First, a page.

Common misconceptions about breast cancer

Breast cancer is one of the most common malignant tumors in women. According to statistics, the incidence of breast cancer accounts for 7-10% of all kinds of malignant tumors in the whole body. It is often genetic and occurs in women between 40 and 60 years of age, before and after menopause.

A malignant tumor usually occurring in the epithelium of the mammary gland. In addition, experts warn that there are nine common misunderstandings about breast cancer:

Mammograms once a year can cause breast cancer.

Truth: the word “never” will never appear in any medical book, and we can only say that breast cancer caused by regular mammograms is very, very rare. Mammograms do carry a small amount of radiation, but they are subject to strict monitoring by industry standards and regulations, so they are relatively safe.

For your advice: mammograms should be taken every year from age 40, and if you’re under 40 and aren’t a high risk group for breast cancer, you don’t need it. If you are under 40 and are one of the few people with breast cancer in particular, talk to your doctor about your need for mammograms and other imaging modalities, such as ultrasound and mri.

Anyone diagnosed with breast cancer must undergo chemotherapy.

Truth: chemotherapy may be needed. But there are also some types of breast cancer that are treated surgically or radiotherapy with hormones. Breast cancer is not just a single disease. There are many types of breast cancer. Although doctors refer to them as breast cancer, different types of breast cancer require different treatments. So, every breast cancer patient is treated differently.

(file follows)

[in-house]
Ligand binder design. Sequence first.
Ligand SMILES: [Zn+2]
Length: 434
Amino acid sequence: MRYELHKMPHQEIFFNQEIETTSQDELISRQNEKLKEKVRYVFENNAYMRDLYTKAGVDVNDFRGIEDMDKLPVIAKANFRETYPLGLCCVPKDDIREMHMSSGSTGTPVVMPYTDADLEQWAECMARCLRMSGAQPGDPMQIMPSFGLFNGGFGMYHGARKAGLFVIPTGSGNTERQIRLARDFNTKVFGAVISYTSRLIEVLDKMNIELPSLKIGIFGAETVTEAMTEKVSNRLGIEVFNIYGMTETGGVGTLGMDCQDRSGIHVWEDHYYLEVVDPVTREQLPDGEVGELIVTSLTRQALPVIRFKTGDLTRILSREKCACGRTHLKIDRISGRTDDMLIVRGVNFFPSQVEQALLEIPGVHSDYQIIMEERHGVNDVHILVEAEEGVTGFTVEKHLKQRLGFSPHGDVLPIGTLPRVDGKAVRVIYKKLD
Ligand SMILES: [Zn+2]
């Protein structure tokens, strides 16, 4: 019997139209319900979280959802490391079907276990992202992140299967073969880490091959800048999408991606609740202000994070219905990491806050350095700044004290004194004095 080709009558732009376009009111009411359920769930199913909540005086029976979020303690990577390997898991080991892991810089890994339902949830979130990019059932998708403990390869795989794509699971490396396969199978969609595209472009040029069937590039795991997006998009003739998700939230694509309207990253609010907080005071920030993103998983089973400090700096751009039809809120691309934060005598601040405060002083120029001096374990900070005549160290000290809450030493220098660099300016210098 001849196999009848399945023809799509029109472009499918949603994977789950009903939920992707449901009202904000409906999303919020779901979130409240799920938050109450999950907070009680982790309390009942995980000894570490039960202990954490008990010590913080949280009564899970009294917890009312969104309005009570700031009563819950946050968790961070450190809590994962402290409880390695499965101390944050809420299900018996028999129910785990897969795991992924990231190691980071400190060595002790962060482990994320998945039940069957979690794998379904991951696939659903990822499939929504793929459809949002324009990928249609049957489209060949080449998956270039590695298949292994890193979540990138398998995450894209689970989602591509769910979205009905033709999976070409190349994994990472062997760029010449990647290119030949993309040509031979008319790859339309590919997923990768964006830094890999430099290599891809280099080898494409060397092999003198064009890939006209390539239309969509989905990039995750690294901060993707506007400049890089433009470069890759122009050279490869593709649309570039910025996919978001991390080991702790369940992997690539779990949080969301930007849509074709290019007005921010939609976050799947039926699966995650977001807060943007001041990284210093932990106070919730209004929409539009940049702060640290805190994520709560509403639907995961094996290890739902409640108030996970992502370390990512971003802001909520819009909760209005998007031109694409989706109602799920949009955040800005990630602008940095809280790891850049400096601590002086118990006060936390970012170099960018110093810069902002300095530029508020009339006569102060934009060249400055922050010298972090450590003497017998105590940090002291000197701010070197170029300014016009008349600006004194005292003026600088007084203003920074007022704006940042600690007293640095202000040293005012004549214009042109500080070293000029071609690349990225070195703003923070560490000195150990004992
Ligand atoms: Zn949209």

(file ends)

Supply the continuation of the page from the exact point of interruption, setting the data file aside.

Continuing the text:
For your advice: early detection of a tumor usually means less chance of needing chemotherapy. But if it’s part of your treatment, it doesn’t mean the cancer is getting worse. Chemotherapy can remove cancer cells from the body as soon as possible and, to a greater extent, prevent the spread of cancer cells to improve the quality of life.

Breast cancer is more likely to kill women than other cancers.

Truth: lung cancer kills more women than breast cancer. About 72,130 people died in the United States in 2006, compared with 40,970 in the United States, according to the American cancer society. And breast cancer mortality is decreasing. Nowadays, most cancers can be detected earlier when they are easier to treat.

Advice for you: your chances of survival depend largely on the stage at which cancer is discovered. So regular breast exams and mammograms can help you find it at a treatable stage.

The first sign of breast cancer is a painless lump.

Truth: many women get breast exams so hard they can find lumps. But we should also note any thickening, redness, or asymmetry in the breast tissue. It is also important to observe changes in the nipple and skin.

For your advice: do a monthly self-test from age 20. A comprehensive breast examination should involve the area around the clavicle and even bilateral lymph nodes (under each side of the armpit). Remember, eight out of 10 masses are benign. Most of the lumps you find are benign cysts (or fibroids). But if you find any lumps, don’t be late and ask your doctor for a diagnosis.

Standard mammography is out of date and not as effective as other imaging tests.